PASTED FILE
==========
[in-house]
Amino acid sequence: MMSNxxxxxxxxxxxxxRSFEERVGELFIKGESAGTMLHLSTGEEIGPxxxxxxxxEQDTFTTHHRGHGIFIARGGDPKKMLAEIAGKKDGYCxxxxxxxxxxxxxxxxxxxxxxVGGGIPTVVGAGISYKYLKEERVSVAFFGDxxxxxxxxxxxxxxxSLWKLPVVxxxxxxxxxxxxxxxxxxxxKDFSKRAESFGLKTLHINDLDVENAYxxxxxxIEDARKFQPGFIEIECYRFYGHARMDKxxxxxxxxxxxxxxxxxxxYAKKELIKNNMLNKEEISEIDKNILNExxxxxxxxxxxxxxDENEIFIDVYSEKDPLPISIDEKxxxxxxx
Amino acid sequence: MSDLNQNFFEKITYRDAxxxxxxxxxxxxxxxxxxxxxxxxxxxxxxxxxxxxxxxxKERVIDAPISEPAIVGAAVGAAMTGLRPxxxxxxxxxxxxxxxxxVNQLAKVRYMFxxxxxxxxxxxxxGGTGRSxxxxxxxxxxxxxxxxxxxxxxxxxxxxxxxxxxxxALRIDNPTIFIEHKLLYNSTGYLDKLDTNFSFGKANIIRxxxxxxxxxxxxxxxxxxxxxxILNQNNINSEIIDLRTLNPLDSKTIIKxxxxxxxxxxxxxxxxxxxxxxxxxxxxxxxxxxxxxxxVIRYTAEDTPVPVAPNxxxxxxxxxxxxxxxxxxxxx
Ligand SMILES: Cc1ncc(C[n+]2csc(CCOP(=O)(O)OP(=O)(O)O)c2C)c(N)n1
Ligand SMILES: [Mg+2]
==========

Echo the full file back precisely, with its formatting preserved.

[in-house]
Amino acid sequence: MMSNxxxxxxxxxxxxxRSFEERVGELFIKGESAGTMLHLSTGEEIGPxxxxxxxxEQDTFTTHHRGHGIFIARGGDPKKMLAEIAGKKDGYCxxxxxxxxxxxxxxxxxxxxxxVGGGIPTVVGAGISYKYLKEERVSVAFFGDxxxxxxxxxxxxxxxSLWKLPVVxxxxxxxxxxxxxxxxxxxxKDFSKRAESFGLKTLHINDLDVENAYxxxxxxIEDARKFQPGFIEIECYRFYGHARMDKxxxxxxxxxxxxxxxxxxxYAKKELIKNNMLNKEEISEIDKNILNExxxxxxxxxxxxxxDENEIFIDVYSEKDPLPISIDEKxxxxxxx
Amino acid sequence: MSDLNQNFFEKITYRDAxxxxxxxxxxxxxxxxxxxxxxxxxxxxxxxxxxxxxxxxKERVIDAPISEPAIVGAAVGAAMTGLRPxxxxxxxxxxxxxxxxxVNQLAKVRYMFxxxxxxxxxxxxxGGTGRSxxxxxxxxxxxxxxxxxxxxxxxxxxxxxxxxxxxxALRIDNPTIFIEHKLLYNSTGYLDKLDTNFSFGKANIIRxxxxxxxxxxxxxxxxxxxxxxILNQNNINSEIIDLRTLNPLDSKTIIKxxxxxxxxxxxxxxxxxxxxxxxxxxxxxxxxxxxxxxxVIRYTAEDTPVPVAPNxxxxxxxxxxxxxxxxxxxxx
Ligand SMILES: Cc1ncc(C[n+]2csc(CCOP(=O)(O)OP(=O)(O)O)c2C)c(N)n1
Ligand SMILES: [Mg+2]